Wednesday, February 22, 2012

Writing the past


Writer Robert Freeman Wexler asked me for any tips on research, as he is planning a novel set in the past.  Though I imagine he has quite as much common sense as I do, nevertheless I sent him a few thoughts and now post them here for any other interested parties:

Research/writing tips for stories with historical settings:
 1. Think of time as a place you can enter. Don't notice any more of it that you would of: a. any new place your observer might see, if seeing for the first time; or, rather differently, b. any usual place your observer might see.
2. Keeping 1 in mind, don't overdo the research, or you may feel compelled to use it.
3. Use primary sources when possible.
4. Use secondary sources when you need to know a general tendency--as, what the typical house structure was for a particular time and place and class, naming ways through generations in a certain region, etc.
5. When moving from research to writing, resist like mad any "namedropping" tendency. That is, do not attempt to prove that you are in a particular place and time by stuffing in references to Mae West or how to make yak butter or the seeds commonly found in the belly of a bog body or any other fascinating tidbits unless they make sense to mention in the context.

Update:  I completely forgot this! Park any P. C. sensibility at the door. Don't pay any attention to -isms, or you will write a novel that has modern people running about in supposedly past times. Many a big literary seller has done just that, even books beloved of many critics. I once caught some flak from a sf/f reviewer about a children's novel, The Curse of the Raven Mocker, because the people of Adantis aren't so keen on girls wearing dresses. But the culture ways of the Adantans are specifically drawn from a mixture of nineteenth-century Scots-Irish settler and Cherokee culture ways. Time has not treated them quite the same way as the rest of us, and so many elements are unchanged or changed in a different way from the way ours have changed. So stick to your time and don't pay a whit of attention to fashionable contemporary sensibilities.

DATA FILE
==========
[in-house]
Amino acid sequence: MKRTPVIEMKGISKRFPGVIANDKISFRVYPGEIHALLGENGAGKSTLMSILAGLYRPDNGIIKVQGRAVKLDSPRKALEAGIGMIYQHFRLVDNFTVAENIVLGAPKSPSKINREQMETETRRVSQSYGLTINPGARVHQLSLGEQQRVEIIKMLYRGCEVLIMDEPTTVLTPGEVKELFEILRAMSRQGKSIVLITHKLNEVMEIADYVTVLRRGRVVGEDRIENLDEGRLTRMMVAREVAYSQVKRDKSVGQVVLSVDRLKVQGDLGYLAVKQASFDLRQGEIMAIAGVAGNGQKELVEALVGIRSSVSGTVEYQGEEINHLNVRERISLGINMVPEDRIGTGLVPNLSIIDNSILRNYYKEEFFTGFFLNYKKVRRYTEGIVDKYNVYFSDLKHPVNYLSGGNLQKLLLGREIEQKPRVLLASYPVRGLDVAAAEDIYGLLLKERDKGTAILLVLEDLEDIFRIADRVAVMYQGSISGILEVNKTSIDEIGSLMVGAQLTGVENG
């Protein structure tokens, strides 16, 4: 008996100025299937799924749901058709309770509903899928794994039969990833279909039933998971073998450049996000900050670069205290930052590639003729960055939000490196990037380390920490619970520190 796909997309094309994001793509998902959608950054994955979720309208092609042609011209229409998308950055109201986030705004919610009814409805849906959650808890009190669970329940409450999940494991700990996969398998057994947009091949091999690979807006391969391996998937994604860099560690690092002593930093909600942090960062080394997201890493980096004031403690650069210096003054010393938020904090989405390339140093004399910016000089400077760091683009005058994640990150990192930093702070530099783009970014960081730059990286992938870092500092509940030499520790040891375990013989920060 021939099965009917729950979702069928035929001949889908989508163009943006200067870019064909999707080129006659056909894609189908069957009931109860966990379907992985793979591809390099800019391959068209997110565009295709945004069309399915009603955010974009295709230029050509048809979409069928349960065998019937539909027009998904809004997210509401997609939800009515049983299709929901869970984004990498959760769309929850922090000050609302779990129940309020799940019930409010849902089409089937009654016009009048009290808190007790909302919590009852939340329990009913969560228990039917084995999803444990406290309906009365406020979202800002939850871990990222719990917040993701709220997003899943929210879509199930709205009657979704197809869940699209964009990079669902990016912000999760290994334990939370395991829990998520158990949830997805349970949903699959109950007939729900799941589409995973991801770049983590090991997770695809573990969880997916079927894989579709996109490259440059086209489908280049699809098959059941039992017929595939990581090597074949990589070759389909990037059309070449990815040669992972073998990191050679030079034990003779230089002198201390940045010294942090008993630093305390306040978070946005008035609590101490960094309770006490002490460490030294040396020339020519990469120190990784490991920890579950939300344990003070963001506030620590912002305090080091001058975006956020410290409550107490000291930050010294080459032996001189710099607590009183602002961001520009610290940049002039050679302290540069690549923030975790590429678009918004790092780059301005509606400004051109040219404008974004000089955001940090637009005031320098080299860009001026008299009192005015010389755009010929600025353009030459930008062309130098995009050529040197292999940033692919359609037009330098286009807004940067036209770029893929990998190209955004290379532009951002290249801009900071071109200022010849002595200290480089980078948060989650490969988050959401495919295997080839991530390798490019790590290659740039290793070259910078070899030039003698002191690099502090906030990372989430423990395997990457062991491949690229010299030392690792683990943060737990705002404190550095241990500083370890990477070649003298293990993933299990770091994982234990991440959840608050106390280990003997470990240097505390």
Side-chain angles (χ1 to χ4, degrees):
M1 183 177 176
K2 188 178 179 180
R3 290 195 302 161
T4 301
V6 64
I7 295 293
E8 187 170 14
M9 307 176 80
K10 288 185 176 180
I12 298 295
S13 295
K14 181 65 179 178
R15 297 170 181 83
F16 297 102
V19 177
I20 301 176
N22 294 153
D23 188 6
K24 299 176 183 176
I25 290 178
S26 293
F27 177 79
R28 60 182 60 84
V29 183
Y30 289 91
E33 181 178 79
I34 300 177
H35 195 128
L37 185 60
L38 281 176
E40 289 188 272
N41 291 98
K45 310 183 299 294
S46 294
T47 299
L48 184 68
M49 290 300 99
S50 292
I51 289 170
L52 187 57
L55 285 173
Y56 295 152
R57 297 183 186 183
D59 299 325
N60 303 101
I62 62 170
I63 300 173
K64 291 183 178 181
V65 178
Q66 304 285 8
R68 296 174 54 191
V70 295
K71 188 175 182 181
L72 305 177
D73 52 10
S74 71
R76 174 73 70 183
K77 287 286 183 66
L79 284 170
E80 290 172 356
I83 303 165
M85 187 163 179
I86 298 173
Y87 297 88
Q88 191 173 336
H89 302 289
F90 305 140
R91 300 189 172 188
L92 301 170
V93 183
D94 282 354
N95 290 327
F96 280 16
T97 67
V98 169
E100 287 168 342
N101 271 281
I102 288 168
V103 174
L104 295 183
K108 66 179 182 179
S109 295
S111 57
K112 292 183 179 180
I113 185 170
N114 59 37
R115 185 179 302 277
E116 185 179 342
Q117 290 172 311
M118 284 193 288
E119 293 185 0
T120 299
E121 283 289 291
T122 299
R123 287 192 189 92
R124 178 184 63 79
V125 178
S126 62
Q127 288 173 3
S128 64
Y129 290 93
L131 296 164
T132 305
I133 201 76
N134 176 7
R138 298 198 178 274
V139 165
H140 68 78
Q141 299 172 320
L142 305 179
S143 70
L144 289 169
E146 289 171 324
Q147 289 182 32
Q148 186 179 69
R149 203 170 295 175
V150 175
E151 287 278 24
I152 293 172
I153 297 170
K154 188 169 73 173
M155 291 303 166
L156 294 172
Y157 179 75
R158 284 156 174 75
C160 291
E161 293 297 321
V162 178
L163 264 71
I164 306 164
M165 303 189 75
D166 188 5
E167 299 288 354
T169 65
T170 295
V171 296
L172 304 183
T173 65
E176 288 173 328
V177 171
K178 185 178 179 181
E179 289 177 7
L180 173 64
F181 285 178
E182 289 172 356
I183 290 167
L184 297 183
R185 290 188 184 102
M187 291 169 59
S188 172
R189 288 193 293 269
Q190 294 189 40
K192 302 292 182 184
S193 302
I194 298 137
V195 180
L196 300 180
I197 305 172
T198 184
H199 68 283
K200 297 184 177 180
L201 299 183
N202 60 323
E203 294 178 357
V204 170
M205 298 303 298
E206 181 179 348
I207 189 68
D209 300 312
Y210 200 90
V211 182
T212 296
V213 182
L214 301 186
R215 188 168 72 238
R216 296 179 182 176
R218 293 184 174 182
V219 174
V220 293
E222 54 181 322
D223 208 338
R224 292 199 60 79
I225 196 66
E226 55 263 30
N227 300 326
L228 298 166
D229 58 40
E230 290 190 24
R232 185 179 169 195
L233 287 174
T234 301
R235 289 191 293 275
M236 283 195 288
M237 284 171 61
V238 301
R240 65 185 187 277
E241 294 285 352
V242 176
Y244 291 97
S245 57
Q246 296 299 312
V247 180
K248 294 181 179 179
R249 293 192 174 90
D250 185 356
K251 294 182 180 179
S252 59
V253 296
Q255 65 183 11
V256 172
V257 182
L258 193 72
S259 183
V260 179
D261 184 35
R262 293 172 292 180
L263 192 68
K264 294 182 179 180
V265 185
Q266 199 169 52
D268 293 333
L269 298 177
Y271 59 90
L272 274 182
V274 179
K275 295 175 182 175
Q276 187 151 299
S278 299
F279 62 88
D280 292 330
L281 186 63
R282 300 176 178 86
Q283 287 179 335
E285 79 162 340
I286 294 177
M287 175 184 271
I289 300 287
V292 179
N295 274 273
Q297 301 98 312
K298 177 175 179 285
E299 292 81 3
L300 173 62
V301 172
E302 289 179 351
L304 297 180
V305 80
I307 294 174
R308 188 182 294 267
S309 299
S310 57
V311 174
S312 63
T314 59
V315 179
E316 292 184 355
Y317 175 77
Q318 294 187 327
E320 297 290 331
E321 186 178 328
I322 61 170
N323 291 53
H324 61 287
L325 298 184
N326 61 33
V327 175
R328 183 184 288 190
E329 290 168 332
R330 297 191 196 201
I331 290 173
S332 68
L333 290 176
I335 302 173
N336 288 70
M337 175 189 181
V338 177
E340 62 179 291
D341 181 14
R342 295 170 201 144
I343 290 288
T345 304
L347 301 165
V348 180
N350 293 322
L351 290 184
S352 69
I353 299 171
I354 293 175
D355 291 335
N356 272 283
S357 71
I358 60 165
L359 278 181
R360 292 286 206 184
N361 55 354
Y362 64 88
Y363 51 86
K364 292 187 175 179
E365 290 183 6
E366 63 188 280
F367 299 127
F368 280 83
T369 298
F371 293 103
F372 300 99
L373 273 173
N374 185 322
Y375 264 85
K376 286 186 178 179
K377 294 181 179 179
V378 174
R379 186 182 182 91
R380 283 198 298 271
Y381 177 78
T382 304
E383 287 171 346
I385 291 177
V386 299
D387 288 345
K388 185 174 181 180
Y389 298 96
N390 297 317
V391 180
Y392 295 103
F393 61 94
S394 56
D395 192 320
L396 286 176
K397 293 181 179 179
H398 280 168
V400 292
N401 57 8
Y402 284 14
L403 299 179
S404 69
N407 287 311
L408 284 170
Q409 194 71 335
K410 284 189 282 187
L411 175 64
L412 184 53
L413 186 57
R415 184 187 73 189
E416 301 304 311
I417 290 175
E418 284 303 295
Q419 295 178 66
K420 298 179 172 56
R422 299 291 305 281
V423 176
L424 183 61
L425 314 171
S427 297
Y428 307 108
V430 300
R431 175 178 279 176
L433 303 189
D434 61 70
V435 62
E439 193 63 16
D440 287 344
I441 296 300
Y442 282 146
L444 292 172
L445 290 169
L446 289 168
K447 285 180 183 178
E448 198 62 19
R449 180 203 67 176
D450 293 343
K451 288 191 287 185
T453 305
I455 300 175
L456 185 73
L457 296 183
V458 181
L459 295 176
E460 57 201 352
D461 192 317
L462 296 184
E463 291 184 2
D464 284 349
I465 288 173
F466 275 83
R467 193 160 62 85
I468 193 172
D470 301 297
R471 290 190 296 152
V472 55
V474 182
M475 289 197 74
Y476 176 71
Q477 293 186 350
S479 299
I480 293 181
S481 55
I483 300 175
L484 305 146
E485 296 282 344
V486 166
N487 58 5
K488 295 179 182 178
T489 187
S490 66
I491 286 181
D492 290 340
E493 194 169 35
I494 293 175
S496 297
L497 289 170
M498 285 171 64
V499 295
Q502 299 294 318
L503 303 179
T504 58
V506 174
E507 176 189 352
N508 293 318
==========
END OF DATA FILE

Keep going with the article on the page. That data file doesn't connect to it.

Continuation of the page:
My steaming-into-the-station book, A Death at the White Camellia Orphanage, is set in a time not all that far away and so rather different from Catherwood and The Wolf Pit. It's about the same kind of distance that Thackeray had to stretch in writing Vanity Fair, I suppose. While I did not live in the Depression, my elder relatives certainly did, and I grew up hearing stories that often involved hardship. I spent part of my summers in a house that was etched with deprivation, and which I used in great detail in the book. But there were a lot of other details to look up--bits about trains and signals, hobo signs, eucalyptus trees, con men, and more.


Of course, after twenty minutes staring at Pinterest, I have a cheap revelation that everyone does now have 15 minutes of fame, that reading is dead, that Melvillean "deep diving" is absurd, that time is frittered and wisdom extinct, etcetera! An hour afterward I recover and think that perhaps I had better put on my diving gear and go write a poem.



  1. this is really interesting, I think research is the heart of historical fiction and it is so vital to get the balance right. I particularly find it offputting when a writer puts a long chunk of history into the middle of a novel without contectualising it from the character's point of view.

  2. Yes, makes rather a clunk! when that happens!

  3. Too bad I don't write fiction. I miss the fascinating experience of inventing a world with the materials of the past and present.

  4. While I like writing memoir and autobiographical pieces (short ones), I don't have much luck when I stray into fictional territory. It's a very different thing, and I think I'd have to start pretty much from scratch.


Alas, I must once again remind large numbers of Chinese salesmen and other worldwide peddlers that if they fall into the Gulf of Spam, they will be eaten by roaming Balrogs. The rest of you, lovers of grace, poetry, and horses (nod to Yeats--you do not have to be fond of horses), feel free to leave fascinating missives and curious arguments.